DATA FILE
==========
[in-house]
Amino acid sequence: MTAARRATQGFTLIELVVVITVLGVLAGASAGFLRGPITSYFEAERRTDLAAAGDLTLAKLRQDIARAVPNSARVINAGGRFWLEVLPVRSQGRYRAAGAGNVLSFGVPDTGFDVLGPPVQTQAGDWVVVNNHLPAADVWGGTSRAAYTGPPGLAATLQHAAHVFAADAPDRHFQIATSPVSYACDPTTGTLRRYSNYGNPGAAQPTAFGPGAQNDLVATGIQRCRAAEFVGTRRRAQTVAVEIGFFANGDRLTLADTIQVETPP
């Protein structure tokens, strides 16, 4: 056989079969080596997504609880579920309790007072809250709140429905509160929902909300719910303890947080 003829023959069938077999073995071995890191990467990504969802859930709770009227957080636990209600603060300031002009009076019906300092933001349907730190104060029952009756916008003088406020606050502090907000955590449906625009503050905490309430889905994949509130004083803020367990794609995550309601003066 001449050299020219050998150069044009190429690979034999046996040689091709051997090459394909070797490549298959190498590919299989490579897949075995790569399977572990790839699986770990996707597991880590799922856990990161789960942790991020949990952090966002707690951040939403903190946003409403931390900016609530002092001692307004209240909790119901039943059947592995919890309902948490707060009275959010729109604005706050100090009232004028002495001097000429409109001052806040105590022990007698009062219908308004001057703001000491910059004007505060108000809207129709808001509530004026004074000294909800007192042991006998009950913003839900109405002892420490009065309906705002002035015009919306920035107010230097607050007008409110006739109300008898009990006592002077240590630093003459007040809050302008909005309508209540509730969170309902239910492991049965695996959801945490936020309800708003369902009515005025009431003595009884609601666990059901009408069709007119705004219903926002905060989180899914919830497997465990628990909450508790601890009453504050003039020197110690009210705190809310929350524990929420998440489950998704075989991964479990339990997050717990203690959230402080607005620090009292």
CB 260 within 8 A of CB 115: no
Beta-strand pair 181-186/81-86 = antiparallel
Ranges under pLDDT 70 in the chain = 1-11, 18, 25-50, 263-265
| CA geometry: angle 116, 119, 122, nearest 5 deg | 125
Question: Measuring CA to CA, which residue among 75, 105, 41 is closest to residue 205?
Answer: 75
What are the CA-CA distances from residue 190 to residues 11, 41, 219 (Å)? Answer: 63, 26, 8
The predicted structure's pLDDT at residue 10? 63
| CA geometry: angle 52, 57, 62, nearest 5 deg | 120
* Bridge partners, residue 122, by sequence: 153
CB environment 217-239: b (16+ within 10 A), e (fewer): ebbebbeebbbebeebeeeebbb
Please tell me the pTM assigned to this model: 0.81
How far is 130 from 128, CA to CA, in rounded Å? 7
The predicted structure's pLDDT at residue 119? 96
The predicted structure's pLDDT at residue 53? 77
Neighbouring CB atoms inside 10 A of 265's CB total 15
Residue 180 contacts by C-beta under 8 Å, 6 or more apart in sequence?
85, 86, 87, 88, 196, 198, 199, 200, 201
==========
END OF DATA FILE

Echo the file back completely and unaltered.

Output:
[in-house]
Amino acid sequence: MTAARRATQGFTLIELVVVITVLGVLAGASAGFLRGPITSYFEAERRTDLAAAGDLTLAKLRQDIARAVPNSARVINAGGRFWLEVLPVRSQGRYRAAGAGNVLSFGVPDTGFDVLGPPVQTQAGDWVVVNNHLPAADVWGGTSRAAYTGPPGLAATLQHAAHVFAADAPDRHFQIATSPVSYACDPTTGTLRRYSNYGNPGAAQPTAFGPGAQNDLVATGIQRCRAAEFVGTRRRAQTVAVEIGFFANGDRLTLADTIQVETPP
């Protein structure tokens, strides 16, 4: 056989079969080596997504609880579920309790007072809250709140429905509160929902909300719910303890947080 003829023959069938077999073995071995890191990467990504969802859930709770009227957080636990209600603060300031002009009076019906300092933001349907730190104060029952009756916008003088406020606050502090907000955590449906625009503050905490309430889905994949509130004083803020367990794609995550309601003066 001449050299020219050998150069044009190429690979034999046996040689091709051997090459394909070797490549298959190498590919299989490579897949075995790569399977572990790839699986770990996707597991880590799922856990990161789960942790991020949990952090966002707690951040939403903190946003409403931390900016609530002092001692307004209240909790119901039943059947592995919890309902948490707060009275959010729109604005706050100090009232004028002495001097000429409109001052806040105590022990007698009062219908308004001057703001000491910059004007505060108000809207129709808001509530004026004074000294909800007192042991006998009950913003839900109405002892420490009065309906705002002035015009919306920035107010230097607050007008409110006739109300008898009990006592002077240590630093003459007040809050302008909005309508209540509730969170309902239910492991049965695996959801945490936020309800708003369902009515005025009431003595009884609601666990059901009408069709007119705004219903926002905060989180899914919830497997465990628990909450508790601890009453504050003039020197110690009210705190809310929350524990929420998440489950998704075989991964479990339990997050717990203690959230402080607005620090009292």
CB 260 within 8 A of CB 115: no
Beta-strand pair 181-186/81-86 = antiparallel
Ranges under pLDDT 70 in the chain = 1-11, 18, 25-50, 263-265
| CA geometry: angle 116, 119, 122, nearest 5 deg | 125
Question: Measuring CA to CA, which residue among 75, 105, 41 is closest to residue 205?
Answer: 75
What are the CA-CA distances from residue 190 to residues 11, 41, 219 (Å)? Answer: 63, 26, 8
The predicted structure's pLDDT at residue 10? 63
| CA geometry: angle 52, 57, 62, nearest 5 deg | 120
* Bridge partners, residue 122, by sequence: 153
CB environment 217-239: b (16+ within 10 A), e (fewer): ebbebbeebbbebeebeeeebbb
Please tell me the pTM assigned to this model: 0.81
How far is 130 from 128, CA to CA, in rounded Å? 7
The predicted structure's pLDDT at residue 119? 96
The predicted structure's pLDDT at residue 53? 77
Neighbouring CB atoms inside 10 A of 265's CB total 15
Residue 180 contacts by C-beta under 8 Å, 6 or more apart in sequence?
85, 86, 87, 88, 196, 198, 199, 200, 201